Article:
Koudelka: Gypsies, Josef Koudelka (Aperture)
Lang Zal Ze Levan, Anouk Kruithof (Self-published)
Iraq / Perspectives, Ben Lowy (Duke University Press)
History’s Shadow, David Maisel (Nazraeli Press)
pretty girls wander, Raymond Meeks
Believing is Seeing, Errol Morris (Penguin Press)
Mom & Dad, Terry Richardson (Mörel Books)
The Heath, Andy Sewell (Self-published)

10th place (3 votes)
La Creciente, Alejandro Chaskielberg (Nazraeli Press)
Abendsonne, Misha de Ridder (Schaden.com)
Chromes, William Eggleston (Steidl)
Films, Paul Graham (Mack)
Mexico Roma, Graciela Iturbide (RM Editorial)
Sunday, Paul Kooiker (van Zoetendaal)
On Thin Ice, In a Blizzard, Paula McCartney (Self-published)
You and I, Ryan McGinley (Twin Palms)
One to Nothing, Irina Rozovsky (Kehrer)
83 Days of Darkness, Niels Stomps (Kominek Books)
A Living Man Declared Dead and Other Chapters, Taryn Simon (Steidl)
The Bridge at Hoover Dam, James Stillings (Nazraeli Press)
Les Amies de Place Blanche, Christer Strömholm (Dewi Lewis)
Abstract Pictures, Wolfgang Tillmans (Hatje Cantz)
Photographs, Penelope Umbrico (Aperture)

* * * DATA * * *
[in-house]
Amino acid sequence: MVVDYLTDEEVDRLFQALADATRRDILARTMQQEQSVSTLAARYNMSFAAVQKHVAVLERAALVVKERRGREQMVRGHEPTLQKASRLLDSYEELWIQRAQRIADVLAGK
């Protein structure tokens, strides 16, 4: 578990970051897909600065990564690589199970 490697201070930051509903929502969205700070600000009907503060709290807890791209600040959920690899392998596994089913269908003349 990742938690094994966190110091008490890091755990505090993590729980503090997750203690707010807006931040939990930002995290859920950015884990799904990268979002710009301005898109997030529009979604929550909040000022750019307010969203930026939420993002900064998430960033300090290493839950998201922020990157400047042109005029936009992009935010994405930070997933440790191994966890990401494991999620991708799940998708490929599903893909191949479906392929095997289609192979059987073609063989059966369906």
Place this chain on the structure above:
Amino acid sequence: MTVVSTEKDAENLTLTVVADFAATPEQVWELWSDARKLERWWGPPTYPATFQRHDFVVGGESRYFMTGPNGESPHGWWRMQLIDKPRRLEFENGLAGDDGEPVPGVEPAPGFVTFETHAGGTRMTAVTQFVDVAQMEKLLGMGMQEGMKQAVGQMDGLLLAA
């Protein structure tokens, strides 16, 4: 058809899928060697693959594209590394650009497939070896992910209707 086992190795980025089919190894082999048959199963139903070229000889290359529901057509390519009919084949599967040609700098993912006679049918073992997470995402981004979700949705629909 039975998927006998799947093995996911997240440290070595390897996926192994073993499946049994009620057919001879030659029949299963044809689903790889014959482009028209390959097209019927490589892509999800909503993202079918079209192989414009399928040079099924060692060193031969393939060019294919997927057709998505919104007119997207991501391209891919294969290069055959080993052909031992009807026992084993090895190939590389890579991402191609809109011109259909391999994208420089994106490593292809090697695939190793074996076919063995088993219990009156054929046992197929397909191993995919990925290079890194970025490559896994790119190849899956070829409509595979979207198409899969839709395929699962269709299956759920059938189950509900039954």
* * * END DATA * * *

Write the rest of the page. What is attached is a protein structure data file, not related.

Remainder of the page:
Interrogations, Donald Weber (Schilt)
Conductors of the Moving World, Brad Zellar (Little Brown Mushroom)

11th place (2 votes)
Half Life, Michael Ackerman (Dewi Lewis)
Unmarked Sites, Jessica Auer (Les Territoires)
Candlestick Point, Lewis Baltz (Steidl)
A Guide to Trees for Governors and Gardeners, Yto Barrada (Deutsche Guggenheim)
One Day: Ten Photographers, Harvey Benge (Kehrer)
Tibet: Culture on the Edge, Phil Borges (Rizzoli)
War Primer 2, Adam Broomberg & Oliver Chanarin (Mack)
Eden is a Magic World, Miguel Calderón (Little Big Man)
The King of Photography, Tiane Doan Na Champassak (Self-published)
Double Life, Kelli Connell (Decode Books)
A Falling Horizon, Heidi de Gier (Fw:)
Subway, Bruce Davidson (Aperture)
The Latin American Photobook, Horacio Fernández (Aperture)
The Vanities, Larry Fink (Schirmer/Mosel)
In the Picture: Self-Portraits 1958-2011, Lee Friedlander (Yale University Press)
Color Correction, Ernst Haas (Steidl)
Astronomical, Mishka Henner (Self-published)
No Man’s Land, Mishka Henner (Self-published)
Afterwards, Nathalie Herschdorfer (ed.) (Thames & Hudson)
Celebrity, Kenji Hirasawa (Bemojake)
Playground, Jeroen Hofman (Self-published)
Safety First, Rob Hornstra (The Sochi Project)